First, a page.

in number) in regard to the capture of which it is understood that rival claims have been advanced, were not only captured by this brigade, but duly taken possession of at the time by a detail made for the purpose, under charge of Lieutenant Fletcher Beaumont, Adjutant of the Fiftieth Tennessee regiment.
Statement of Adjutant Beaumont in regard to the capture of nine pieces of artillery from the enemy on the battle-field of Chickamauga.
in the field, October 9, 1863.Sir: Having been requested to furnish a written statement of the facts regarding the capture from the enemy on the battle-field of Chickamauga, September twentieth, 1863, by General Gregg's brigade, of nine pieces of artillery, which I am enabled to do by reason of having been your Aid-de-Camp on that day, and, as such, having sent the pieces to the rear for safety in the event of an attempt to retake them, I beg leave to submit the following, which will be indorsed by members of the Forty-first Tennessee regiment of this brigade, who were witnesses to the statement herein set forth: Preparatory to advancing upon the enemy, our division, consisting of Generals Johnson's, McNair's, and Gregg's brigades, the whole commanded by Brigadier-General Johnson, was formed by placing Johnson's brigade on the left, McNair's on the right, with two regiments and a battalion from our brigade on the extreme left — the remainder of the latter following as a support about one hundred yards in rear of the front line. In this order the division moved off. Having gone some distance, McNair's brigade, immediately in our front, halted, the enemy maintaining a brisk fire on the whole line, when, by consent of its commander, our brigade passed over it and gained the front line. Soon after we emerged into an open field, on the opposite side of which, to our right and on an eminence commanding the field, was posted the enemy's artillery. Seeing a rich prize within its grasp, our brigade marched forward until it had gained the flank; then wheeling to the right, went up and possessed it, several of the pieces having been silenced and abandoned before the brigade had commenced to wheel. On reaching the guns we had so nobly, won, as your Aid, I proceeded to take possession and have them removed to the rear for safety against re-capture. For this purpose I made a detail of the men nearest to me, and, when I could find them, such wounded as were able to ride horseback, and Federal prisoners, with a guard. Every gun and its accompaniments which fell into our hands were saved. I would also mention that instead of eight (8) guns, as you estimate in your official report, there were nine (9) to my knowledge, having seen that number myself after the fighting had subsided in the evening of that day. Too eager to get them safely to the rear, I did not stop to ascertain the exact number, supposing that I would have an opportunity to settle that point afterwards, as I directed them to be taken to the hill our brigade was posted on before the advance began. I am, sir, respectfully yours,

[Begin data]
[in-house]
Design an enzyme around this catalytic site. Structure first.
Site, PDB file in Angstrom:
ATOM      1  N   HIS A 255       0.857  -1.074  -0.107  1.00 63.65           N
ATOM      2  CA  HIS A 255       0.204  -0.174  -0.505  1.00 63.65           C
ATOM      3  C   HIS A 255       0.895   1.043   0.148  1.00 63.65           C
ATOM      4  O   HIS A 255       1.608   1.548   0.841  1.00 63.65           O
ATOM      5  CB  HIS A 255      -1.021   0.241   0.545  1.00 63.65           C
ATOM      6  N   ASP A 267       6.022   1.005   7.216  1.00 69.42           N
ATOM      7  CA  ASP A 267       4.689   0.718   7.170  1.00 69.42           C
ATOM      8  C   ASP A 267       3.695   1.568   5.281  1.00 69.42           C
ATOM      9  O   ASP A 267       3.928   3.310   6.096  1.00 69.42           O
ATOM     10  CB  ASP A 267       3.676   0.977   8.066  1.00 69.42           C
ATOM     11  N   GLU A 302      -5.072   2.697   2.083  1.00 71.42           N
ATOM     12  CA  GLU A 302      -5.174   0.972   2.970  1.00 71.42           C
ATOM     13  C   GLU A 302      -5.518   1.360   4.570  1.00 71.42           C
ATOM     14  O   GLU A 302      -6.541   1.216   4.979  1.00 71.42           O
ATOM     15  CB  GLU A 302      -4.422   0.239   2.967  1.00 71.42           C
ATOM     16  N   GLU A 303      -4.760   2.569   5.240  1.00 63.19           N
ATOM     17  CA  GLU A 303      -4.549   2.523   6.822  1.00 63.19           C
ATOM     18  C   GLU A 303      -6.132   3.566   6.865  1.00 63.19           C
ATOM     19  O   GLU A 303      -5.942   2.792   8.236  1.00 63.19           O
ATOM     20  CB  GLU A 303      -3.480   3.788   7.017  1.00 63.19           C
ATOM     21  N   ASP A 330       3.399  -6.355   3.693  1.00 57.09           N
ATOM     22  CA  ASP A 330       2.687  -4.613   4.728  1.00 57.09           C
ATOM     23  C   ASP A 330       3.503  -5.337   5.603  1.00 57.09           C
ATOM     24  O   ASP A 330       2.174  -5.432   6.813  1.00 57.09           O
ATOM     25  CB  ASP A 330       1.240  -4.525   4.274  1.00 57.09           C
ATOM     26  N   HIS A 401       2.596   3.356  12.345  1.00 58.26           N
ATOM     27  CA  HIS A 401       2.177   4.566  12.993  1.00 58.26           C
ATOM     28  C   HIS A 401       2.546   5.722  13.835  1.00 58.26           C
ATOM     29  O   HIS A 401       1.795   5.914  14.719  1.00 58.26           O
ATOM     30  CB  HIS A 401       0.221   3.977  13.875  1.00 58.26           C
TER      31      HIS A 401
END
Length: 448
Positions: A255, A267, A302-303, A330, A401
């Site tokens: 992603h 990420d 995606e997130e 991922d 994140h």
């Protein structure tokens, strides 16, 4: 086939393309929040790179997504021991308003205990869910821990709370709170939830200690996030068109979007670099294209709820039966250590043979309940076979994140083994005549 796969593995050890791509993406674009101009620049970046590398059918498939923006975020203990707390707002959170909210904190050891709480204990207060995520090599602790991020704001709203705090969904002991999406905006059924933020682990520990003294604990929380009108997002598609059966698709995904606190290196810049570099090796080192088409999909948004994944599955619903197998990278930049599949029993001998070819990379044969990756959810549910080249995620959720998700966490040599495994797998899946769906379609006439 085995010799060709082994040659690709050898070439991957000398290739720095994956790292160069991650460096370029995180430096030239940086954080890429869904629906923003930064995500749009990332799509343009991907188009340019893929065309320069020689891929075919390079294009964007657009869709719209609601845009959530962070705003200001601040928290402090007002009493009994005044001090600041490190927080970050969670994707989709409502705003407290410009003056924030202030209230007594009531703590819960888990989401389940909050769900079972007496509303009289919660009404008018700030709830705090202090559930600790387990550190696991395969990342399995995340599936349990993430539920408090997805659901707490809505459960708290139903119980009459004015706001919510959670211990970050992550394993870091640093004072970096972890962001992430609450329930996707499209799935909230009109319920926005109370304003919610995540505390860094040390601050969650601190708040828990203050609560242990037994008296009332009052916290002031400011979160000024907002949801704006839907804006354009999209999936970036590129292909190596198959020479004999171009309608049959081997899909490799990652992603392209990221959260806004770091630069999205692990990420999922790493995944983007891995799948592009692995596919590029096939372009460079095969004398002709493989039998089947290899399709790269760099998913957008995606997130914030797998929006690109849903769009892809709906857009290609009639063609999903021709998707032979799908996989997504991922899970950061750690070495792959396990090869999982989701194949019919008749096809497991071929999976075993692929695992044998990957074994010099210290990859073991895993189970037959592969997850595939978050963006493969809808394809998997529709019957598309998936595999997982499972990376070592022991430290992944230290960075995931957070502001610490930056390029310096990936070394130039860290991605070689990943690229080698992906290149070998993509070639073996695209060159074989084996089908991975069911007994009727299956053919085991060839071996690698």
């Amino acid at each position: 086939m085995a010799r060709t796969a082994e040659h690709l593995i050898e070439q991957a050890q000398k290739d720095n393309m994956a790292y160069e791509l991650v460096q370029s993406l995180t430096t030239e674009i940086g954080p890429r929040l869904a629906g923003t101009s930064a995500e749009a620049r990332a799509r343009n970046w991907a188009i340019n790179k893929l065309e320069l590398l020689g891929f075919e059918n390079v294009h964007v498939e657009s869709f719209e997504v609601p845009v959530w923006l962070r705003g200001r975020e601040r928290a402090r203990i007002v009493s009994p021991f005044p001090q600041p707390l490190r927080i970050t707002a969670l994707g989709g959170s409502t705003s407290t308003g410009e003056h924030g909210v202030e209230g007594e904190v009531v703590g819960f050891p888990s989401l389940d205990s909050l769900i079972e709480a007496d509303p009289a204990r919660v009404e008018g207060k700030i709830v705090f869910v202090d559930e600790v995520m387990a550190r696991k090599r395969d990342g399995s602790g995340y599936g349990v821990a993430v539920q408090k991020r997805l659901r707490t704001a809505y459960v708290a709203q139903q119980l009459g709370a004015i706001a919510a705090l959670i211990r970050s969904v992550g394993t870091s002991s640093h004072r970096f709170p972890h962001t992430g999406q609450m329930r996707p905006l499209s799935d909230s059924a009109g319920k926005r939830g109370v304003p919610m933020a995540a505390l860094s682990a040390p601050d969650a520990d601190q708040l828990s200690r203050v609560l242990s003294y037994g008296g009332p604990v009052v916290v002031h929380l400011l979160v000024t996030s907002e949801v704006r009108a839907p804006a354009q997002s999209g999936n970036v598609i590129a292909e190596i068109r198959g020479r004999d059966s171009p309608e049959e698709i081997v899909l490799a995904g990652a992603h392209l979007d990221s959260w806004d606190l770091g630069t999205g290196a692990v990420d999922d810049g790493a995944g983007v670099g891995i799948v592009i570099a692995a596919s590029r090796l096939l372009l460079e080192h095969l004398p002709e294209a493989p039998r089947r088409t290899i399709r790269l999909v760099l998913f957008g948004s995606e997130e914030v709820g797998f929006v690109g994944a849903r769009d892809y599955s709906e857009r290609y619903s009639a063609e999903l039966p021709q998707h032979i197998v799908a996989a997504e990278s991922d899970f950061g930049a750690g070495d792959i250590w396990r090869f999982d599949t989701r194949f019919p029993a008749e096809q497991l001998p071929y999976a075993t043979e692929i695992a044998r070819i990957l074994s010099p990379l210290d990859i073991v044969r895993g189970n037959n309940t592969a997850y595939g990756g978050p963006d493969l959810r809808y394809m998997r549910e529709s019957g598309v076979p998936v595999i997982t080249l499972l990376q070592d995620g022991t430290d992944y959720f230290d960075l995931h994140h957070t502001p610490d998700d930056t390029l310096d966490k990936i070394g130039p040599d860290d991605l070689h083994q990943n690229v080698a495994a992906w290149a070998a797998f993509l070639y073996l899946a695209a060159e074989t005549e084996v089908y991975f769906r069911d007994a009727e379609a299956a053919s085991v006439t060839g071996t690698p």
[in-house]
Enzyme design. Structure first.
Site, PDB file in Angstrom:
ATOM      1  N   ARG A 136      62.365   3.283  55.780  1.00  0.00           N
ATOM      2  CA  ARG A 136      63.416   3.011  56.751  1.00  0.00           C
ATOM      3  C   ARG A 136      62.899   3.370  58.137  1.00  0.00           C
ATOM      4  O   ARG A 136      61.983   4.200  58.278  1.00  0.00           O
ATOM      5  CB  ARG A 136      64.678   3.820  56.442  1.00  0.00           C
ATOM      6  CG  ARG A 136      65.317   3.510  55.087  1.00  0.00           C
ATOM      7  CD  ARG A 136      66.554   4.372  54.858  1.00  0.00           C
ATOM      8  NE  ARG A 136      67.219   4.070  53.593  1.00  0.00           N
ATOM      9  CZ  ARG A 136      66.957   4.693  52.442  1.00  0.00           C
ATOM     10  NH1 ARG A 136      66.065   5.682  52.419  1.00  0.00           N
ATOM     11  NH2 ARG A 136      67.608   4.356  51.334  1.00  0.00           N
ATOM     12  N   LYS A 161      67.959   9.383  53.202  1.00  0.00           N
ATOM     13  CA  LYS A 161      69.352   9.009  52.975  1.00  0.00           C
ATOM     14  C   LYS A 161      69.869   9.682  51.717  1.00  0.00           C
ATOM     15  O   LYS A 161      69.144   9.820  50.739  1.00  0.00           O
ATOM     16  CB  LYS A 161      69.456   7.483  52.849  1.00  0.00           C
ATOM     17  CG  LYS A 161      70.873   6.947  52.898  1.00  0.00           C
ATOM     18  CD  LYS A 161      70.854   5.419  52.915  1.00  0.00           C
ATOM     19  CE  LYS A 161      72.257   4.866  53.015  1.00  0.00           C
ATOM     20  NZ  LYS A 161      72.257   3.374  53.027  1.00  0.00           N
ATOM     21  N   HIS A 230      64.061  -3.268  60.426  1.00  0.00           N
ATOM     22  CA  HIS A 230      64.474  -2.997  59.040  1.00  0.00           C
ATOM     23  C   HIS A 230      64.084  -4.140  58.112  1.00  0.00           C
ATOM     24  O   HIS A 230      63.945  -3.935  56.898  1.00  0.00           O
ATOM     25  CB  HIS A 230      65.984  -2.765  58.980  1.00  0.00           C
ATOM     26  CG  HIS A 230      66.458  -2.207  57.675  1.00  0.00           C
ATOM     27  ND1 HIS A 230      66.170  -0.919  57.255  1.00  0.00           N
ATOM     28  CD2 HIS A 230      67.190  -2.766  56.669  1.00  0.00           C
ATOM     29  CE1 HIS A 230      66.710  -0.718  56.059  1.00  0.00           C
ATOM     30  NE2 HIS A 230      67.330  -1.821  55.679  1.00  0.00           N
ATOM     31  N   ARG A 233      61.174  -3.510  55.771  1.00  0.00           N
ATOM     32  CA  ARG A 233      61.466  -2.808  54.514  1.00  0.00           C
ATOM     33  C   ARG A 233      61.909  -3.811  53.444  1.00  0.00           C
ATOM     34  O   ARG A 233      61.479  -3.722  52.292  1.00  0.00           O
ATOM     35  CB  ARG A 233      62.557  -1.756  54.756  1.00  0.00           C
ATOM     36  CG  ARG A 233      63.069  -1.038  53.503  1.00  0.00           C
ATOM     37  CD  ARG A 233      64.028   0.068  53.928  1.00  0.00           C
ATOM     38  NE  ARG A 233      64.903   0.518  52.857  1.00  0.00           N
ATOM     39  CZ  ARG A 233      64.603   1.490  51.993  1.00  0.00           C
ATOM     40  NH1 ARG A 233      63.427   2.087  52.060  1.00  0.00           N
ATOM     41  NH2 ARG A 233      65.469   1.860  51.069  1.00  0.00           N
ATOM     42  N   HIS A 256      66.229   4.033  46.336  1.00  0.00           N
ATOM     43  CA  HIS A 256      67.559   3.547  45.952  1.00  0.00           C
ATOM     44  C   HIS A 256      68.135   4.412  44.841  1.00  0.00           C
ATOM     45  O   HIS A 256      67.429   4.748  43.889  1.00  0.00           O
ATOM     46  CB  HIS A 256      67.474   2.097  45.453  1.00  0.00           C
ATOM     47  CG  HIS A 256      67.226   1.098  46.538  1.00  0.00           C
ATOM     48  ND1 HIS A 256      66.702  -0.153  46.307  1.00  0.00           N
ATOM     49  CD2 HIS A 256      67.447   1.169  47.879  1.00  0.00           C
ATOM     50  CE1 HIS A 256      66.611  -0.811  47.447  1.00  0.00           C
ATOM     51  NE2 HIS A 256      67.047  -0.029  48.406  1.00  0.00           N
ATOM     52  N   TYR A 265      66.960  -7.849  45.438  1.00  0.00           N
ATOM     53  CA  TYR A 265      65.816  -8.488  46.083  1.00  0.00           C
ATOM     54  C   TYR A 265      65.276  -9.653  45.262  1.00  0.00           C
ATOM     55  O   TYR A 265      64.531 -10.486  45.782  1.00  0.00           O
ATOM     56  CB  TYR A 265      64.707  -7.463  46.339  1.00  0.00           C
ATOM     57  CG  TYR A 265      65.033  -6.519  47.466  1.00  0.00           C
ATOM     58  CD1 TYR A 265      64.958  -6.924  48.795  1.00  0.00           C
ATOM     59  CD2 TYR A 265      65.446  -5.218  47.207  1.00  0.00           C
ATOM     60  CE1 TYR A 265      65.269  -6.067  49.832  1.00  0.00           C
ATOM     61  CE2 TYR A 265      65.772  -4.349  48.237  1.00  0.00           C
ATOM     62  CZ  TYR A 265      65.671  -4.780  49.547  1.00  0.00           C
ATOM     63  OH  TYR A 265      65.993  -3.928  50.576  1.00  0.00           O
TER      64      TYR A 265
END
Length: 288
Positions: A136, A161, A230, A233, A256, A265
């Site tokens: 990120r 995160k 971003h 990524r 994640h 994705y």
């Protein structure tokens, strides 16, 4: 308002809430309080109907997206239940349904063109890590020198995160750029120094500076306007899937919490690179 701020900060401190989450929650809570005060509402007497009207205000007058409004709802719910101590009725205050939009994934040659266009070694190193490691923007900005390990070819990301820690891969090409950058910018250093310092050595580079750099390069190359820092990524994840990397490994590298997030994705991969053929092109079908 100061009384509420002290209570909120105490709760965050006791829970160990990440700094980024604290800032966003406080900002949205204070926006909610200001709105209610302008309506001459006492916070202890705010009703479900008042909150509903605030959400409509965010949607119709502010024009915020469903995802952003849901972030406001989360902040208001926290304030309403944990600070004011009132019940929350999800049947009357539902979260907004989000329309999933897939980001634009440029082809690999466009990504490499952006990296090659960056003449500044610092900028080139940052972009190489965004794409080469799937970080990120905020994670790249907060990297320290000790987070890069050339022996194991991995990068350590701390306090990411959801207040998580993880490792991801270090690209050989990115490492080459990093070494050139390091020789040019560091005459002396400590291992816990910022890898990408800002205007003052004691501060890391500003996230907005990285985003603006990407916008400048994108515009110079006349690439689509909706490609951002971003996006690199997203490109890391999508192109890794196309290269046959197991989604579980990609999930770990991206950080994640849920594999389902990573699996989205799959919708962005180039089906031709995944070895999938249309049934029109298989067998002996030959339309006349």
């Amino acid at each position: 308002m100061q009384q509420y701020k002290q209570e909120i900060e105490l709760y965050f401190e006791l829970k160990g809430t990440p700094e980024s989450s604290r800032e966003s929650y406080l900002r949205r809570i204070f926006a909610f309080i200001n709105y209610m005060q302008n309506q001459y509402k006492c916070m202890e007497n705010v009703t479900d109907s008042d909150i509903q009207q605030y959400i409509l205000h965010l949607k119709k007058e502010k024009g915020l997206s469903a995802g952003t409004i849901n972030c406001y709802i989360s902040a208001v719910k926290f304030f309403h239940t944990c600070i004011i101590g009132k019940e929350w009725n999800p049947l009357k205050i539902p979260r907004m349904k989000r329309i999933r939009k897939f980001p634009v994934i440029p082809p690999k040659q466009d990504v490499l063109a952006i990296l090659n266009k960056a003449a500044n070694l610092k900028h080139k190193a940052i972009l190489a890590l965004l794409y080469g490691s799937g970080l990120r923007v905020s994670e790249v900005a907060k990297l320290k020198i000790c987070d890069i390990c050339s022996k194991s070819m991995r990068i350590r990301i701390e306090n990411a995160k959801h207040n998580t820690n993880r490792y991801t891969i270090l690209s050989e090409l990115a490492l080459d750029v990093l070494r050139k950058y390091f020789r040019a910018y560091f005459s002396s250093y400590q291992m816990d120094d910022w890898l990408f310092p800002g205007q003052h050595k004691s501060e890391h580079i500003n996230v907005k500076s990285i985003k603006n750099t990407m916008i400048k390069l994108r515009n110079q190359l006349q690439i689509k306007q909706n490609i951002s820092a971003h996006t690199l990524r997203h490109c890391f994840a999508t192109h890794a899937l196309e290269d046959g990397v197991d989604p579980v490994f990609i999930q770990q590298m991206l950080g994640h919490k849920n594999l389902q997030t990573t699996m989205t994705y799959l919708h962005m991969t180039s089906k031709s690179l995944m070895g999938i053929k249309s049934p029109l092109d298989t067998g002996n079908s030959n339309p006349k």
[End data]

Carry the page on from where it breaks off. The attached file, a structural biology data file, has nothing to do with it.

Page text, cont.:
Fletcher Beaumont, Adjutant Fiftieth Tennessee regiment.
We fully concur in the above statement. W. G. Vanclave, Company H, Forty-first Tennessee regiment. C. S. Haughton, Company H, Forty-first Tennessee regiment. B. W. Smith, Fourth Sergeant, Forty-first Tennessee regiment. A. P. N. Bells, Company H, Forty-first Tennessee regiment. A. J. Park, Company H, Forty-first Tennessee regiment. Levi Osburn, Company H, Forty-first Tennessee regiment. Willy Osburn, Company H, Forty-first Tennessee regiment. H. M. Fowler, Company H, Forty-first Tennessee regiment. The above names are members of Company H, Forty-first Tennessee regiment, and authorized me to sign their names.
W. M. Cooper, First Lieutenant Company H, Forty-first Tennessee regiment.
Report of Col. D. Coleman, commanding brigade.
headquarters McNair's brigade, camp near Ringgold, Georgia, September 24, 1863.Captain: In obedience to Brigadier-General Johnson's order of yesterday, I have the honor to report the part taken by this brigade in the late battles: Shortly before daylight on the eighteenth instant, this brigade (Brigadier-General E. Mc-Nair's), in company with that of Brigadier-General B. R. Johnson, who commanded the whole force, left Catoosa Station, on the Chickamauga River, and marched, by way of Ringgold, by the Lafayette road to the intersection of the Graysville and Reed's Bridge roads. Here, cannonading and sharp skirmishing being heard on the left, line of battle was formed, with Johnson's brigade on the right, and the force swept steadily in this order, with skirmishers in front, across the country to the left, the enemy giving away with scarcely any resistance, to the Reed's Bridge road, near the bridge. Thence marched, hearing heavy musketry firing in front, to within one and a half miles of Lee's Mill, on the Chattanooga and Lee's Mill road, where it encamped in line for the night some time after dark. On the nineteenth, just about eight A. M., the battle having begun on the right, the brigade was placed in position in the rear of Gregg's brigade, with the artillery, Captain Culpeper's three pieces, and the Thirty-ninth North Carolina regiment, Colonel Coleman, and Twenty-fifth Arkansas, Lieutenant-Colonel Hupstelder. Colonel Coleman, commanding both regiments, being
Captain Blakemore, A. A. A. General:
Captain Blakemore, A. A. A. General: